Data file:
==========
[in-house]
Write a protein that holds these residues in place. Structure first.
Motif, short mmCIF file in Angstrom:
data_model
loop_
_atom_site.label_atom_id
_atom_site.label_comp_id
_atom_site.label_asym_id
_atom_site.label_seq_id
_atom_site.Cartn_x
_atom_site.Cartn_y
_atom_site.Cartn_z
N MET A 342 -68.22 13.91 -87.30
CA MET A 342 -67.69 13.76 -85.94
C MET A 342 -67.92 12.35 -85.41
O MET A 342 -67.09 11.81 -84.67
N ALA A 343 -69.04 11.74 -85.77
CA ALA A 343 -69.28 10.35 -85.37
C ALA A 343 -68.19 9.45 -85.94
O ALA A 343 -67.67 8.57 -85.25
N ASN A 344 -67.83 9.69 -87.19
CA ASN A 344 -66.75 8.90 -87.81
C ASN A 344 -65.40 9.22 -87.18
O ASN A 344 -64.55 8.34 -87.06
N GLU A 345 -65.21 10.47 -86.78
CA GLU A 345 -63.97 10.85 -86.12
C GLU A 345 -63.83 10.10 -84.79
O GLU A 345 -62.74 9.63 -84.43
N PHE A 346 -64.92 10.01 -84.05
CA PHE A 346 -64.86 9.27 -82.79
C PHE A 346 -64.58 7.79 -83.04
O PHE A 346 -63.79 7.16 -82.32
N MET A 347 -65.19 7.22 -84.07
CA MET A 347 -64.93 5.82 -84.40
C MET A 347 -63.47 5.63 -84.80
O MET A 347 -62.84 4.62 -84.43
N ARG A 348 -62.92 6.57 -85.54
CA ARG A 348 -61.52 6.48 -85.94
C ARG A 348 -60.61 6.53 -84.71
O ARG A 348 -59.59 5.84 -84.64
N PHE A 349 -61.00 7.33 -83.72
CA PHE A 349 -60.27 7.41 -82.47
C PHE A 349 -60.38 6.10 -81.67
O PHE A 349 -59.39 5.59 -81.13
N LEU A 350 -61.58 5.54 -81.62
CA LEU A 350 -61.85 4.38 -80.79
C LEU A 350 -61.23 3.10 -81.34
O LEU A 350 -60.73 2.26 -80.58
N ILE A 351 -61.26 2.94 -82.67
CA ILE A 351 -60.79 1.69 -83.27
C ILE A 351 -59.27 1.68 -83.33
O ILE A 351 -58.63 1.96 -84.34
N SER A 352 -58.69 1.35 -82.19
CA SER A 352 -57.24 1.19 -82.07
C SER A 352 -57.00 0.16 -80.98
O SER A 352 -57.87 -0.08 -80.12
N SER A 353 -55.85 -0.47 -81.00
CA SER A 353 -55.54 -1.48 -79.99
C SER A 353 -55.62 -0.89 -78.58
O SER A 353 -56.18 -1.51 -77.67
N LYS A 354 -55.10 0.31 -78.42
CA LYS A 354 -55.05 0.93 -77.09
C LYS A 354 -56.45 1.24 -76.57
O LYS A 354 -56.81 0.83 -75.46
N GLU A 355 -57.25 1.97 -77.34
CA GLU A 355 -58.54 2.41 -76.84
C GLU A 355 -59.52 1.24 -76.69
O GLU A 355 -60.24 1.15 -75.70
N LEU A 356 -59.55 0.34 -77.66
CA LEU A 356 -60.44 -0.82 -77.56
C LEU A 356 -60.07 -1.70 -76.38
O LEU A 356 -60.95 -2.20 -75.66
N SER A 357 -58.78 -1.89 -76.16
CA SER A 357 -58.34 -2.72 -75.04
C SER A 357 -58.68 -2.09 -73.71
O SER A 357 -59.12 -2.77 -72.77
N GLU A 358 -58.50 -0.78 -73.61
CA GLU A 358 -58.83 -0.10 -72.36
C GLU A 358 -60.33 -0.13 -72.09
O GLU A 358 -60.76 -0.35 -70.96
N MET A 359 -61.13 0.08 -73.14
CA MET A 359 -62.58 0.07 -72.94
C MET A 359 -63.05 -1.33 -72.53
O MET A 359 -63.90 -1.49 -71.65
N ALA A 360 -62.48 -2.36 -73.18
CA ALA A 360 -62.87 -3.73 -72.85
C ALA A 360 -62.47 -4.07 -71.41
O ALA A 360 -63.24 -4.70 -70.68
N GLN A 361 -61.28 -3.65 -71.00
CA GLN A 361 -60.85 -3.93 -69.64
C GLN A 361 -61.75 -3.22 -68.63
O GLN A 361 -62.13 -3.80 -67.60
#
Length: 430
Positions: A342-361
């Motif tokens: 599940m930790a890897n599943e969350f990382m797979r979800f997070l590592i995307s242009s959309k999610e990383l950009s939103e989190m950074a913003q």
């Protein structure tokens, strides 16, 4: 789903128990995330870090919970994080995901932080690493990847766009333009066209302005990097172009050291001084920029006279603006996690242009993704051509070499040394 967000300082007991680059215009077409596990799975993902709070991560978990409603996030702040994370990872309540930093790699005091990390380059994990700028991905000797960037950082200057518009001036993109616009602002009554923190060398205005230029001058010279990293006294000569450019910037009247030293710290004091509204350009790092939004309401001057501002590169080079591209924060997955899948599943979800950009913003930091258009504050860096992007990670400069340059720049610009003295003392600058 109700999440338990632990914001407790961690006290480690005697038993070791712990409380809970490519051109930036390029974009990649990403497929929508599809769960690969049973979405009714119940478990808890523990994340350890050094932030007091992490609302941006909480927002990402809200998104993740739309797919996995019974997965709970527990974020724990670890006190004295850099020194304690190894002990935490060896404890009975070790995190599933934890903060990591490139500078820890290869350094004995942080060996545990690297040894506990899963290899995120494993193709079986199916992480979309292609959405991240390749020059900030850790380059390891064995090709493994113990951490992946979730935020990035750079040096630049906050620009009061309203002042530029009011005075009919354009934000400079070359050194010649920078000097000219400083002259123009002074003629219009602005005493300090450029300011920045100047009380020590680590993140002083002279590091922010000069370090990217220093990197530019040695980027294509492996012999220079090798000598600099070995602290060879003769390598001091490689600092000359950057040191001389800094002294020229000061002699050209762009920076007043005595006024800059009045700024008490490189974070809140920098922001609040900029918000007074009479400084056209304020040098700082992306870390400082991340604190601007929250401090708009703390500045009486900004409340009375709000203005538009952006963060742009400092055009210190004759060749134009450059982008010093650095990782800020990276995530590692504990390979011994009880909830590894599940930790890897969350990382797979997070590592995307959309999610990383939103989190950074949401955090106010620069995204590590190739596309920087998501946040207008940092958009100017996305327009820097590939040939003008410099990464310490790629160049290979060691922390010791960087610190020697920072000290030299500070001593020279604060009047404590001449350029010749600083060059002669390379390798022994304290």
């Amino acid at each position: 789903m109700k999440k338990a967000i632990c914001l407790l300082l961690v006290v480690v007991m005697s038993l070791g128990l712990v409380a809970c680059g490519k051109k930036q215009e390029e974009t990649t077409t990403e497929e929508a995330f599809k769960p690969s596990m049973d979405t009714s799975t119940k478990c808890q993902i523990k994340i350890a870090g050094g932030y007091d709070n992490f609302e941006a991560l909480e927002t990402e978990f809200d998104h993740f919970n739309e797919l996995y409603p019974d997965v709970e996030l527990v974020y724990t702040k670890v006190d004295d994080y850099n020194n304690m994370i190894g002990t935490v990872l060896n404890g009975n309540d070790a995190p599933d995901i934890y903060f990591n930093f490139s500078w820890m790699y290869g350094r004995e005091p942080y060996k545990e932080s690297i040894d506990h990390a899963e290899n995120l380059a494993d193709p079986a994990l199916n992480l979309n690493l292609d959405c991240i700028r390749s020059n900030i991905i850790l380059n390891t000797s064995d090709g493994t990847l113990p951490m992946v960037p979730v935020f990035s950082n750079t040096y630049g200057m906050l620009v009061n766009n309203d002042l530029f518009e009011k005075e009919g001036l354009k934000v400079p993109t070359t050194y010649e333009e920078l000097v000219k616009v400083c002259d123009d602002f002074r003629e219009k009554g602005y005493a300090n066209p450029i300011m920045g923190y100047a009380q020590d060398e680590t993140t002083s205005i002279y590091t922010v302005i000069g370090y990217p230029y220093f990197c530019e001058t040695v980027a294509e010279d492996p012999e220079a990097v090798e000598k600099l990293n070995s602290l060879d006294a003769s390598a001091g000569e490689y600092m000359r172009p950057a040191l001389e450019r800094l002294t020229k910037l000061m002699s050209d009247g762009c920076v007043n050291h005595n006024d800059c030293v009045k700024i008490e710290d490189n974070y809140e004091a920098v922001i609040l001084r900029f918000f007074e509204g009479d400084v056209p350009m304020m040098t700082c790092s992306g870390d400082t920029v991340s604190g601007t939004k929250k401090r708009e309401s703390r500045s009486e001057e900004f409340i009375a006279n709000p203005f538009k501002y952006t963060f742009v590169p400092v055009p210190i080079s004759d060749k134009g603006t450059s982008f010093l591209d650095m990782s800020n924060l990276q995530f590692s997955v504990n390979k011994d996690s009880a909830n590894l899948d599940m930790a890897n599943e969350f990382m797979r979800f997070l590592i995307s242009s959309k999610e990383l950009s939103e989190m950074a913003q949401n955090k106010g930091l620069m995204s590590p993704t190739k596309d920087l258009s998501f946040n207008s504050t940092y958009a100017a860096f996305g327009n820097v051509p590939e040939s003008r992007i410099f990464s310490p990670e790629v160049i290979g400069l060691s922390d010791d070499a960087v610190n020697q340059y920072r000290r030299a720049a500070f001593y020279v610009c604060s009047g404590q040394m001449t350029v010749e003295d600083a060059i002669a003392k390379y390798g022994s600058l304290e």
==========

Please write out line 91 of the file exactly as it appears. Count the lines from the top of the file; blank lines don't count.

C GLN A 361 -61.75 -3.22 -68.63